Microcosms 150

Howdy, folks, and welcome to Microcosms 150. Y’all ready for some Friday flash fiction fun?



(1) You have just 24 hours until midnight, today (Friday, 23-NOV) New York time (EST) to write and submit your masterpiece.
(2) All submissions must be no more than 300 words in length (excluding the title)
(4) Include: word count, the THREE elements you’re using AND a title for your entry IN THAT ORDER
(5) Do NOT give details of your entry on social media, your blog, etc. until the Results post is live
(6) If you are new to Microcosms, PLEASE check out the full submission guidelines 


This week, we have yet another contest based on actors who were born or who died on this day — 23-NOV.

(If YOU have a better idea for a contest, please contact us.)



  • 1887 – Boris Karloff, English actor: “Tower of London” (1939)
  • 1916 – Michael Gough, Malaysian-English actor: Warner Bros.’ initial Batman film series (1989-1997)
  • 1941 – Franco Nero, Italian actor: “Django” (1966)


  • 1991 – Klaus Kinski, German-American actor: “Cobra Verde” (1987)
  • 2012 – Larry Hagman, American actor: “I Dream of Jeannie” (1965-70)
  • 2016 – Andrew Sachs, German-born British actor: “Quartet” (2013)



Our contest this week begins with THREE things: character, location and genre.

We spun, and our three elements — character, location and genre — are:

Astronaut; Retirement Home; Comedy

Write a story using these elements OR feel free to click on the “Spin!” button below, and the slot machine will come up with a new set – character, location and genre. You can keep clicking until you have a set of elements that inspires you.


  • Executioner
  • Butler
  • Drifter
  • Overseer
  • Astronaut
  • Musician
  • Castle
  • Mansion
  • Ghost Town
  • Sugar Plantation
  • Florida
  • Retirement Home
  • Horror
  • Crime
  • Western
  • Drama
  • Comedy
  • Diary



Last week’s Judge’s Pick, Geoff Le Pard, has kindly agreed to act as the judge this time around.

All being well, results will be posted next Monday.

Microcosms 151
Microcosms 149

34 thoughts on “Microcosms 150

  1. http://www.engleson.ca
    300 words
    Executioner; Retirement Home; Comedy

    Hangnail Harry

    After 1962, my Grandpappy was at loose ends for a few years. There was little call for his line of work. None in fact. But he was a resourceful man. A good family man.

    Death was still inevitable for all of us. The Government of Canada had banned executions of unworthy, incurable felons, but there was a market, folks who wanted some professional assistance to cross over.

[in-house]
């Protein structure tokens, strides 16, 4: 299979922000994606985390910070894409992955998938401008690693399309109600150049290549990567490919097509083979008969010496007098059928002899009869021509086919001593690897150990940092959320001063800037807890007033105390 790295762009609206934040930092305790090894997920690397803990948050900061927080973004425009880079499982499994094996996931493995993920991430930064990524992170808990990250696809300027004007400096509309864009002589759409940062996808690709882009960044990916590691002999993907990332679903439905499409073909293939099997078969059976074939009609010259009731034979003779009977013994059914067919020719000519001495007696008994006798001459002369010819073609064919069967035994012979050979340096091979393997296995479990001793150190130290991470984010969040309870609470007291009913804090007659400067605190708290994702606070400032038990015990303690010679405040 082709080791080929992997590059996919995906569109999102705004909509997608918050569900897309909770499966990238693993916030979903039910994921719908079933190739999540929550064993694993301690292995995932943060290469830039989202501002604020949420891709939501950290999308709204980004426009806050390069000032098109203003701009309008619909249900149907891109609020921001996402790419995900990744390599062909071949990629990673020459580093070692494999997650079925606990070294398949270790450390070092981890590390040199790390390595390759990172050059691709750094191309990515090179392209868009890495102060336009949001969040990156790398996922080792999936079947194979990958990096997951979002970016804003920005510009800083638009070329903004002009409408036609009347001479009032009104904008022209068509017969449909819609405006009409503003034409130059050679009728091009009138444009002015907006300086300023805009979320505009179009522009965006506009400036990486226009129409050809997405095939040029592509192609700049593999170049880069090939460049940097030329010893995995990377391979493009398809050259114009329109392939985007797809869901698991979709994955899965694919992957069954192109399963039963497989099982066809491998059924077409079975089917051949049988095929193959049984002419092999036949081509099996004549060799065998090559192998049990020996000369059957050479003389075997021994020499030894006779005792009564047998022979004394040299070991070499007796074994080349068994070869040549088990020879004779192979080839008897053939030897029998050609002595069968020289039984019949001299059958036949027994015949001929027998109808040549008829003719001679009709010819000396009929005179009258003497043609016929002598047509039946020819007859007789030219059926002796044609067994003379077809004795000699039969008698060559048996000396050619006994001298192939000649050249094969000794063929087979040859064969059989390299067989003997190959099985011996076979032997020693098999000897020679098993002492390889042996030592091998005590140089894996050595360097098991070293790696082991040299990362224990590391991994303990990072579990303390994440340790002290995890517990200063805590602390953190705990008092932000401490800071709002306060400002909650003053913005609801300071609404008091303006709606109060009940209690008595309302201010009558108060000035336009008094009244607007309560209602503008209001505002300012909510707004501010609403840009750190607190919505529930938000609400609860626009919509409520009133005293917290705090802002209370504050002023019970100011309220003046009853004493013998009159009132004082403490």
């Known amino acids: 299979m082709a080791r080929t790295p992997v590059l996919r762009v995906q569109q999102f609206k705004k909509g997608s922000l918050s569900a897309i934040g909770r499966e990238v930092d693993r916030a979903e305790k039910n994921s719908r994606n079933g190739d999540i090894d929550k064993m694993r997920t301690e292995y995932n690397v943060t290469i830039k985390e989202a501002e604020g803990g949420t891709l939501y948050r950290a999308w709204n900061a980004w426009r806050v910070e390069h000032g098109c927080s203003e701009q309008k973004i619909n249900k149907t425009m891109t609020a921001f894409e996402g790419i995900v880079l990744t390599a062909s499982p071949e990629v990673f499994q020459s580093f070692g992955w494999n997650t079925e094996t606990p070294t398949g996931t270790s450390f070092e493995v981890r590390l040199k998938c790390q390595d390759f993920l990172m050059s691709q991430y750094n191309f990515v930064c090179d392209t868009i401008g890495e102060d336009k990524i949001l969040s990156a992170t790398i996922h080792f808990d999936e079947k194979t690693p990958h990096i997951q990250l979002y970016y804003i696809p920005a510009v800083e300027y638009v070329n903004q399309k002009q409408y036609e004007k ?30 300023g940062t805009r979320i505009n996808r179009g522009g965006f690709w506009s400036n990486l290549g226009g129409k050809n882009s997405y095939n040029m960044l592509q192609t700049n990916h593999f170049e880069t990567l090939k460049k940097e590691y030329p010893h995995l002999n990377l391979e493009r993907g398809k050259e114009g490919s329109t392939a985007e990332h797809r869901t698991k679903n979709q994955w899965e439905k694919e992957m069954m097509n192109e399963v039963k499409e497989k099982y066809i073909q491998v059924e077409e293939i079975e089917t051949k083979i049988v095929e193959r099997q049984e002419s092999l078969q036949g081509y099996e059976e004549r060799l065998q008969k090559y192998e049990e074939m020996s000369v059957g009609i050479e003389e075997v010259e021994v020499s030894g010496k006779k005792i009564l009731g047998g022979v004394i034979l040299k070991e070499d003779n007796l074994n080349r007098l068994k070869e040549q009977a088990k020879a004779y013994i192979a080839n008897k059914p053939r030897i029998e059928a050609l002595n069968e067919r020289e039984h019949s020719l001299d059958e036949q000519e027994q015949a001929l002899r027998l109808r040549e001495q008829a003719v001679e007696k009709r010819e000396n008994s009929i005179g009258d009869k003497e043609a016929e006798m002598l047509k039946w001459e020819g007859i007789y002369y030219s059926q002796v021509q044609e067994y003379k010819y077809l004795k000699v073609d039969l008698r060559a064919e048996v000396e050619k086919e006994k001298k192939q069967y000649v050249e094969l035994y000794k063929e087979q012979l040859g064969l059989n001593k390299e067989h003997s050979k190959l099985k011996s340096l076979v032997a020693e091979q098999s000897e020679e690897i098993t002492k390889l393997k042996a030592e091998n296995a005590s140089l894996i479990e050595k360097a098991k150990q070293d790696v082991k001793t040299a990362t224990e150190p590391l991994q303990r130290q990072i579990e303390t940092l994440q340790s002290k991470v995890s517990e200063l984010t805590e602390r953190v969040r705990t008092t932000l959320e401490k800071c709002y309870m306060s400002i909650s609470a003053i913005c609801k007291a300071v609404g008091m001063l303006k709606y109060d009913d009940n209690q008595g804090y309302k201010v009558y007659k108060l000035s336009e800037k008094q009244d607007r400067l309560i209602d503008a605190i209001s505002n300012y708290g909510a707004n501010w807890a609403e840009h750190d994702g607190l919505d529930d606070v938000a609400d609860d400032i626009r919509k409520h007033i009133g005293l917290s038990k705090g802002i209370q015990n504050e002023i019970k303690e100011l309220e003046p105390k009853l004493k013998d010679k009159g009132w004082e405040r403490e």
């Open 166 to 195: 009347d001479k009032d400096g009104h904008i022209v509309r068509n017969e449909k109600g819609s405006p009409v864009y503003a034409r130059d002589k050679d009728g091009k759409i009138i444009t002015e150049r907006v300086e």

He learned that by a few years of drivin’ taxi. The stories people would tell! It got him to thinking.

    I’d sit on his lap whenever my folks would take me to visit him at the Home, the place where he finally ended up, the Sweet Slumber Lodge, and he’d talk up a storm.

    “Well, I’ll tell ya, little Harry the Third” he’d say quite often, “I was real surprized. The number of folks, all poisoned up with cancer, with the brain tumors, with the psoriasis and other unpleasant skin malignancies…they were tickled pink to hire Hangnail Harry to send them on their way. Course, I had to learn a few new tricks…I mean, you can’t take a portable gallows along with ya. I figured that out pretty darn quick, let me tell ya.”

    It worked out pretty good for him. He didn’t become a millionaire. I’m not saying that, but he socked away quite a boodle. Enough to afford the $3,000.00 a month that Sweet Slumber cost.

    Believe it or not, he was still providing his unique service. “Don’t say a word, little Harry the Third,” he’d whisper to me when my folks wandered outside to have a ciggie, “Don’t say a word, but I’m making a little pocket change practicing my art with a few of the folks here who’ve had just about enough of Sweet Slumber.”

    And I said nada.

  2. @Alva1206
    300 words
    Astronaut; Retirement Home; Comedy

    Floating in a Most Peculiar Way

    ‘Ground control to Major Alastair.’

    ‘Eh? I think that’s Tom, mate.’

    ‘Who’s Tom? Is he a new guy?’

    ‘No, Tom’s the guy in the song – Major Tom.’

    ‘I knew a Tom once, but he was a minor, never reached major. Couldn’t hit the note.’

    ‘Excuse me, is this chair free?’

    ‘You’re the astronaut, you tell me.’

    ‘Giant steps are what you take, walking on the moon.’

    ‘Who said that?’

    ‘Sang it more like – That Sting guy – he hoped his legs wouldn’t break, walking on the moon.’

    ‘Why would his legs break?’

    ‘Have you tried walking on the moon?’

    ‘Who’s moon-walking?’

    ‘No-one. Alastair is telling a story.’

    ‘I saw him moon-walking, during a performance of Billie Jean.’